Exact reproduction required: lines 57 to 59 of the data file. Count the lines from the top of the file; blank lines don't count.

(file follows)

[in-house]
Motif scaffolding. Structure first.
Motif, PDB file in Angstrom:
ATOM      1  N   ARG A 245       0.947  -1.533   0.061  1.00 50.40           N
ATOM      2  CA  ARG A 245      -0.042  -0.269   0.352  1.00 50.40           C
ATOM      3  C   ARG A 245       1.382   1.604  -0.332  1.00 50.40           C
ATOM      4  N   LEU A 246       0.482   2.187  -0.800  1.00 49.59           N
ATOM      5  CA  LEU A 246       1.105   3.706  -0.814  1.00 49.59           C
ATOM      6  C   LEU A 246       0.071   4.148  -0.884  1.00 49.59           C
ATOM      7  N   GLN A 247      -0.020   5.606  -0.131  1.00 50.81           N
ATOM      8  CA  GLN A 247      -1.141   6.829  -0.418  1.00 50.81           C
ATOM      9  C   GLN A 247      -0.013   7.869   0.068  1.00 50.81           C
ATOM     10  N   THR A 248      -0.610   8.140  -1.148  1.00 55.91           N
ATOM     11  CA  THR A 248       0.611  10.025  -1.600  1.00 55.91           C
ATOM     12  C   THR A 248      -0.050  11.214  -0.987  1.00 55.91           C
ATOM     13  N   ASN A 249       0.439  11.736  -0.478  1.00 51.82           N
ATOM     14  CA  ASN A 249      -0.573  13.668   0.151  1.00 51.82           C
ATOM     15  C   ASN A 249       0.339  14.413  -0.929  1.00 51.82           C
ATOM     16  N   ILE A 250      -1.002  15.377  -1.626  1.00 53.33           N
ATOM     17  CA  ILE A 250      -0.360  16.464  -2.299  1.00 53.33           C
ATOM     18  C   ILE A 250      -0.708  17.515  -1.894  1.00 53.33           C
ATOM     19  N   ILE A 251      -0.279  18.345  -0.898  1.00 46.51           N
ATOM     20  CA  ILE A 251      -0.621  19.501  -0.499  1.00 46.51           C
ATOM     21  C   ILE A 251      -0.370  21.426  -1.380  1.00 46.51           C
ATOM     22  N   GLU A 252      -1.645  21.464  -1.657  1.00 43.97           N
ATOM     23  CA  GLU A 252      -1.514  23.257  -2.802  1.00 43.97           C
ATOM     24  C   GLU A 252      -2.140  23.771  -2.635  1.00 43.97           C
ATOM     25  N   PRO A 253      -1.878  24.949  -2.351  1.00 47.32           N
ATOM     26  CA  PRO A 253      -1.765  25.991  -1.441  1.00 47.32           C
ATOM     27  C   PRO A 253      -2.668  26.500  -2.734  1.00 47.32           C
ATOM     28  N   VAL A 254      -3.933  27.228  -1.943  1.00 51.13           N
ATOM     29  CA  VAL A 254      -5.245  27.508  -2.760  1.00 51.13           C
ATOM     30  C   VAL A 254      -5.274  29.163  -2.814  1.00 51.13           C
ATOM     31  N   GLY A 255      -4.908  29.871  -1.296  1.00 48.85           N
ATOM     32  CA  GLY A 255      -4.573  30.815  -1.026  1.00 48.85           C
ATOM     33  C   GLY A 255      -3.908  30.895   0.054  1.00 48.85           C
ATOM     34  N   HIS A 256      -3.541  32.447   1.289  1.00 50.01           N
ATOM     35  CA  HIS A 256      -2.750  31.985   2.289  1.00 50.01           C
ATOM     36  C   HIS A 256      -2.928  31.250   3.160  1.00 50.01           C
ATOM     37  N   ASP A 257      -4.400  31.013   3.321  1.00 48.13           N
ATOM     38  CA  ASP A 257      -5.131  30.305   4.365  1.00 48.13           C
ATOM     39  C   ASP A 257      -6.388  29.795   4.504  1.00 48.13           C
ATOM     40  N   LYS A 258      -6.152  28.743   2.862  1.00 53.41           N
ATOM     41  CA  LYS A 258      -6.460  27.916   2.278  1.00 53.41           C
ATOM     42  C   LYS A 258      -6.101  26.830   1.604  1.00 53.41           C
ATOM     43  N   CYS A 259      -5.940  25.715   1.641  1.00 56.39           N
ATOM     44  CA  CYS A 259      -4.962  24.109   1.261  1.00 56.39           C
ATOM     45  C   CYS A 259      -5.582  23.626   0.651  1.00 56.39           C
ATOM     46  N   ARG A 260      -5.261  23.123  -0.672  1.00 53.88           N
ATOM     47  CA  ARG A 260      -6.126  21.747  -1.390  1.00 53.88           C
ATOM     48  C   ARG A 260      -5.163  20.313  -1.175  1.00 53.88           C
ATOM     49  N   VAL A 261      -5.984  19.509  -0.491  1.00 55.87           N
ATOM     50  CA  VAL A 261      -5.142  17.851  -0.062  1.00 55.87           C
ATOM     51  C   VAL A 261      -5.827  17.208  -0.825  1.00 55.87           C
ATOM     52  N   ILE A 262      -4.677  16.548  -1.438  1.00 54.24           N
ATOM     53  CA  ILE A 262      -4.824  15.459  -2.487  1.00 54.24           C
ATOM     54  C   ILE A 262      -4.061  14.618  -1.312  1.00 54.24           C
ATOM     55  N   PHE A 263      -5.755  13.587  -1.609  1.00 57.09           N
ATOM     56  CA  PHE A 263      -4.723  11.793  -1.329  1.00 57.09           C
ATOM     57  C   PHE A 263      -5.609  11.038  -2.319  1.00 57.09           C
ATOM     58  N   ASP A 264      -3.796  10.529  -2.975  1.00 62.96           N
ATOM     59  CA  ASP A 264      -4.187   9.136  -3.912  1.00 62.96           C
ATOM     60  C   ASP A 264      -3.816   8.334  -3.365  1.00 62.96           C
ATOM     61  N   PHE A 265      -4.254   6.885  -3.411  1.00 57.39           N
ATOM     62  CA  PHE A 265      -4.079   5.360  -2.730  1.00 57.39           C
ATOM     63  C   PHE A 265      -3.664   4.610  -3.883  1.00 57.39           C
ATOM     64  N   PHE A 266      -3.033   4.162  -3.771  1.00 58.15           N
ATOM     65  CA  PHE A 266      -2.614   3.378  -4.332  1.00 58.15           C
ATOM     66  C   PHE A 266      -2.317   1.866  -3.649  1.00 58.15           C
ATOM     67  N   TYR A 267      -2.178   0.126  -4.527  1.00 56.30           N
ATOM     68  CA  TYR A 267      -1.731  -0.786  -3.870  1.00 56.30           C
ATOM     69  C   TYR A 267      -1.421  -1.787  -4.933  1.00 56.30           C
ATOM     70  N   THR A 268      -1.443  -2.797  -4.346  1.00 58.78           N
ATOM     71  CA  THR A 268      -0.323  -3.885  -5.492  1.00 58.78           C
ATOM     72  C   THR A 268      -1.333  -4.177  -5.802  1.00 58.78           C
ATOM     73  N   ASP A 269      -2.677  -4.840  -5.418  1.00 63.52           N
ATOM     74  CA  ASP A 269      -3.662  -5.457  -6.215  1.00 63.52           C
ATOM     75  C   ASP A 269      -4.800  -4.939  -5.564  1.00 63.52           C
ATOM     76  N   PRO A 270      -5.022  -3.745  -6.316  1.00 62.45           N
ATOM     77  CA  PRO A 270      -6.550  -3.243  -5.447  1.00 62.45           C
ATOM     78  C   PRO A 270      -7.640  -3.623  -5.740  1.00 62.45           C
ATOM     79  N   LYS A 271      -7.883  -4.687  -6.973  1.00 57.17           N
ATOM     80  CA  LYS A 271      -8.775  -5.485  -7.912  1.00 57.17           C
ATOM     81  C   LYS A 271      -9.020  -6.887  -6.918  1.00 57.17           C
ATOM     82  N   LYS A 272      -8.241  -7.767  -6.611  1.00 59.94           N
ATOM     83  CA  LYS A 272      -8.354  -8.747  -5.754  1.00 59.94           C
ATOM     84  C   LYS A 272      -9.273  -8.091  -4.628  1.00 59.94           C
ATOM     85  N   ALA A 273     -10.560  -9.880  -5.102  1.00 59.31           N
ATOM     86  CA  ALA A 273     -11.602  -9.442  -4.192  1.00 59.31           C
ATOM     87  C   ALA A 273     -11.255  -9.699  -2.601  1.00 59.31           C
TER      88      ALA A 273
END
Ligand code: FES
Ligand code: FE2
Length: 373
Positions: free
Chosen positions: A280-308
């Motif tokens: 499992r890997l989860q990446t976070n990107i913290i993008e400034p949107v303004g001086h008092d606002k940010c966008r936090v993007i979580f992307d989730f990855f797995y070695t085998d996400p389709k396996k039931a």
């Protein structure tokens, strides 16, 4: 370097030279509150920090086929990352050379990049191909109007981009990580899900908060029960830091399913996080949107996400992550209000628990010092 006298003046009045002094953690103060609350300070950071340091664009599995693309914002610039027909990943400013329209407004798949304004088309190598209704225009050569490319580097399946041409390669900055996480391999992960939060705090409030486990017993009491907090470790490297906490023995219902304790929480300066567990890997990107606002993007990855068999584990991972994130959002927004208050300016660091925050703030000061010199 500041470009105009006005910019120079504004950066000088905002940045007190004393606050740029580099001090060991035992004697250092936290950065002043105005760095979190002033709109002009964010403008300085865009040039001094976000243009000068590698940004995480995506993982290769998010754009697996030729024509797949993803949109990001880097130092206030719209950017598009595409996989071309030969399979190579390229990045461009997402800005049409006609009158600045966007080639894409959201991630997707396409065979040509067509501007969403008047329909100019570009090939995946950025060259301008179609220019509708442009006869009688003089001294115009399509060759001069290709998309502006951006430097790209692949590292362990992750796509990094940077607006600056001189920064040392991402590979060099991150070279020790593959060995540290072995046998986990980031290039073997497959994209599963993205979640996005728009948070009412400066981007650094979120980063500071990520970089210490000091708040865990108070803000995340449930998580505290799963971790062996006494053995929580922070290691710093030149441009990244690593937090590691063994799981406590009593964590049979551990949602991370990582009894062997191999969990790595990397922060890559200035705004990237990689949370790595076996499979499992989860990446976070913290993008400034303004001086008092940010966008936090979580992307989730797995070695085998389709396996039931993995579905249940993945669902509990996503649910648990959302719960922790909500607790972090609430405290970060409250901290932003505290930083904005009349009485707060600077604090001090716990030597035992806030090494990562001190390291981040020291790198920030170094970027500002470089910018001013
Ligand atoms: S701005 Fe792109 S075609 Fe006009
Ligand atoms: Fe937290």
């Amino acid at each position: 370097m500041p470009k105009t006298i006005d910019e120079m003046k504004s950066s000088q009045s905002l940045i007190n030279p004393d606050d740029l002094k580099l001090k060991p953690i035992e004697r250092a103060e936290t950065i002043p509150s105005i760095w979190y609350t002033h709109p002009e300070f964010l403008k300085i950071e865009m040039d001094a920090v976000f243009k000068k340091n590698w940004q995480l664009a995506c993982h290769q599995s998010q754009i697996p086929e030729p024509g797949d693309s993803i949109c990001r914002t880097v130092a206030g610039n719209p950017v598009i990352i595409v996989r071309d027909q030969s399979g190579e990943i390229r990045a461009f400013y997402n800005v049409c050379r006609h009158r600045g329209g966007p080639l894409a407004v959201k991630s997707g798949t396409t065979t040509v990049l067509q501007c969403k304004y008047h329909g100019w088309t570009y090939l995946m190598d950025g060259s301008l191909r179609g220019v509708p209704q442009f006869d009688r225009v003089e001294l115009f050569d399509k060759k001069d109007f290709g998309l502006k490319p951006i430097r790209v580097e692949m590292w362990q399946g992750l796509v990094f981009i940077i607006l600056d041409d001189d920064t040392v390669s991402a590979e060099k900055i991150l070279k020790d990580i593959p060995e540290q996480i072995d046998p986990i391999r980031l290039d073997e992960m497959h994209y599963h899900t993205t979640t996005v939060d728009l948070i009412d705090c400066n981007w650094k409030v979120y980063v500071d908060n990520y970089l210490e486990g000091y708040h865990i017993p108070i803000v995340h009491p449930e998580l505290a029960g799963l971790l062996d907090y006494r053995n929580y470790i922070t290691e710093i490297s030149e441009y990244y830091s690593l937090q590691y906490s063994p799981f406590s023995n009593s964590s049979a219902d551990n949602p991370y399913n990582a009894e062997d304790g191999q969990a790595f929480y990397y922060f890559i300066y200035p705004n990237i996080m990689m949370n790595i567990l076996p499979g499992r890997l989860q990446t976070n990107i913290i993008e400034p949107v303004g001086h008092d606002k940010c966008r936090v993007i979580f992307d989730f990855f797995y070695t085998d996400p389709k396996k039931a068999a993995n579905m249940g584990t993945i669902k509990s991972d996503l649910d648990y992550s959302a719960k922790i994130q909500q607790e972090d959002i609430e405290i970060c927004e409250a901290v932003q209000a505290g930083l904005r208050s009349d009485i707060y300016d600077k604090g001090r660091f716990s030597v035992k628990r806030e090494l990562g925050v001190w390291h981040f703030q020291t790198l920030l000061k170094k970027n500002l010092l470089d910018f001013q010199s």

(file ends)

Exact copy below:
ATOM     54  C   ILE A 262      -4.061  14.618  -1.312  1.00 54.24           C
ATOM     55  N   PHE A 263      -5.755  13.587  -1.609  1.00 57.09           N
ATOM     56  CA  PHE A 263      -4.723  11.793  -1.329  1.00 57.09           C